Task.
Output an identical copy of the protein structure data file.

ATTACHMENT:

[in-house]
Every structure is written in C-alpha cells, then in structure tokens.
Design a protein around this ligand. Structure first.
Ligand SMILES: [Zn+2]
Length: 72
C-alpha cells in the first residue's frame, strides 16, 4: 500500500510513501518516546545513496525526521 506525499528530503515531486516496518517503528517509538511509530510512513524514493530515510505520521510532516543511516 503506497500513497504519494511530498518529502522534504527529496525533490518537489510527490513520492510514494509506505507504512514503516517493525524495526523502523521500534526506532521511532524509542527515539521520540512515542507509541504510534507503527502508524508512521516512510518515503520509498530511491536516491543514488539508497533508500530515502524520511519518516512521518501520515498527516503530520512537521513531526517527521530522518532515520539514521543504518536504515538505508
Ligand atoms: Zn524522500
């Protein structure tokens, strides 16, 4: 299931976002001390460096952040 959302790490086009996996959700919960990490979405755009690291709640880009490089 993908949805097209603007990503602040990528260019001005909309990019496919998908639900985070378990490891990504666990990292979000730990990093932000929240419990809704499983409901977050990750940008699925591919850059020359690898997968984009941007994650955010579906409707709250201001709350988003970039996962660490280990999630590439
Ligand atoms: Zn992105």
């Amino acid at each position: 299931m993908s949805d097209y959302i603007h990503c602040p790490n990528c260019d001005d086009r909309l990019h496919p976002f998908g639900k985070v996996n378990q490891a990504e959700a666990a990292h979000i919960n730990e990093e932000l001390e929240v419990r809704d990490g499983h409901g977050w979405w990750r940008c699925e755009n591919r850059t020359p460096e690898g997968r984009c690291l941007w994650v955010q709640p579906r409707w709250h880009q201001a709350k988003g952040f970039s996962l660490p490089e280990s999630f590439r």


[in-house]
Every structure is written in C-alpha cells, then in structure tokens.
Design a protein around this ligand. Structure first.
Ligand SMILES: [Zn+2]
Length: 72
C-alpha cells in the first residue's frame, strides 16, 4: 500500500510513501518516546545513496525526521 506525499528530503515531486516496518517503528517509538511509530510512513524514493530515510505520521510532516543511516 503506497500513497504519494511530498518529502522534504527529496525533490518537489510527490513520492510514494509506505507504512514503516517493525524495526523502523521500534526506532521511532524509542527515539521520540512515542507509541504510534507503527502508524508512521516512510518515503520509498530511491536516491543514488539508497533508500530515502524520511519518516512521518501520515498527516503530520512537521513531526517527521530522518532515520539514521543504518536504515538505508
Ligand atoms: Zn524522500
């Protein structure tokens, strides 16, 4: 299931976002001390460096952040 959302790490086009996996959700919960990490979405755009690291709640880009490089 993908949805097209603007990503602040990528260019001005909309990019496919998908639900985070378990490891990504666990990292979000730990990093932000929240419990809704499983409901977050990750940008699925591919850059020359690898997968984009941007994650955010579906409707709250201001709350988003970039996962660490280990999630590439
Ligand atoms: Zn992105």
């Amino acid at each position: 299931m993908s949805d097209y959302i603007h990503c602040p790490n990528c260019d001005d086009r909309l990019h496919p976002f998908g639900k985070v996996n378990q490891a990504e959700a666990a990292h979000i919960n730990e990093e932000l001390e929240v419990r809704d990490g499983h409901g977050w979405w990750r940008c699925e755009n591919r850059t020359p460096e690898g997968r984009c690291l941007w994650v955010q709640p579906r409707w709250h880009q201001a709350k988003g952040f970039s996962l660490p490089e280990s999630f590439r």